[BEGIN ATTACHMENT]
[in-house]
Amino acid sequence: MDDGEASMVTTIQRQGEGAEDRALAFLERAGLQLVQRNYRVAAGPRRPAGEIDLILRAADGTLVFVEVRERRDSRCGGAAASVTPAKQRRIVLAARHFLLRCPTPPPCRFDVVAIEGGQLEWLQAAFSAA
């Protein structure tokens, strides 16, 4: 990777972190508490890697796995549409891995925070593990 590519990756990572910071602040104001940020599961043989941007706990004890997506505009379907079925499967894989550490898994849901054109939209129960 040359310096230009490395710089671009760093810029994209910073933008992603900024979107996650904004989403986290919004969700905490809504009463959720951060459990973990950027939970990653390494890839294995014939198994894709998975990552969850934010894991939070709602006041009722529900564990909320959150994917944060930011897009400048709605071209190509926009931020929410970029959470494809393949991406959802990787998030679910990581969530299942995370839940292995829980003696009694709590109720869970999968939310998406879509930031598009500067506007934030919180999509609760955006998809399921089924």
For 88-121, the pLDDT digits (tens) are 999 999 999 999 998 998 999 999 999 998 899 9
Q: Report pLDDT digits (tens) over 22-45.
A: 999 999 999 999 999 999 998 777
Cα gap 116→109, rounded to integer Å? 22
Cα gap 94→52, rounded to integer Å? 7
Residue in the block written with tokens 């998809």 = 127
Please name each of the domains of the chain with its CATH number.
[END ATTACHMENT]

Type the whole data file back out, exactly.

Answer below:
[in-house]
Amino acid sequence: MDDGEASMVTTIQRQGEGAEDRALAFLERAGLQLVQRNYRVAAGPRRPAGEIDLILRAADGTLVFVEVRERRDSRCGGAAASVTPAKQRRIVLAARHFLLRCPTPPPCRFDVVAIEGGQLEWLQAAFSAA
């Protein structure tokens, strides 16, 4: 990777972190508490890697796995549409891995925070593990 590519990756990572910071602040104001940020599961043989941007706990004890997506505009379907079925499967894989550490898994849901054109939209129960 040359310096230009490395710089671009760093810029994209910073933008992603900024979107996650904004989403986290919004969700905490809504009463959720951060459990973990950027939970990653390494890839294995014939198994894709998975990552969850934010894991939070709602006041009722529900564990909320959150994917944060930011897009400048709605071209190509926009931020929410970029959470494809393949991406959802990787998030679910990581969530299942995370839940292995829980003696009694709590109720869970999968939310998406879509930031598009500067506007934030919180999509609760955006998809399921089924």
For 88-121, the pLDDT digits (tens) are 999 999 999 999 998 998 999 999 999 998 899 9
Q: Report pLDDT digits (tens) over 22-45.
A: 999 999 999 999 999 999 998 777
Cα gap 116→109, rounded to integer Å? 22
Cα gap 94→52, rounded to integer Å? 7
Residue in the block written with tokens 């998809």 = 127
Please name each of the domains of the chain with its CATH number.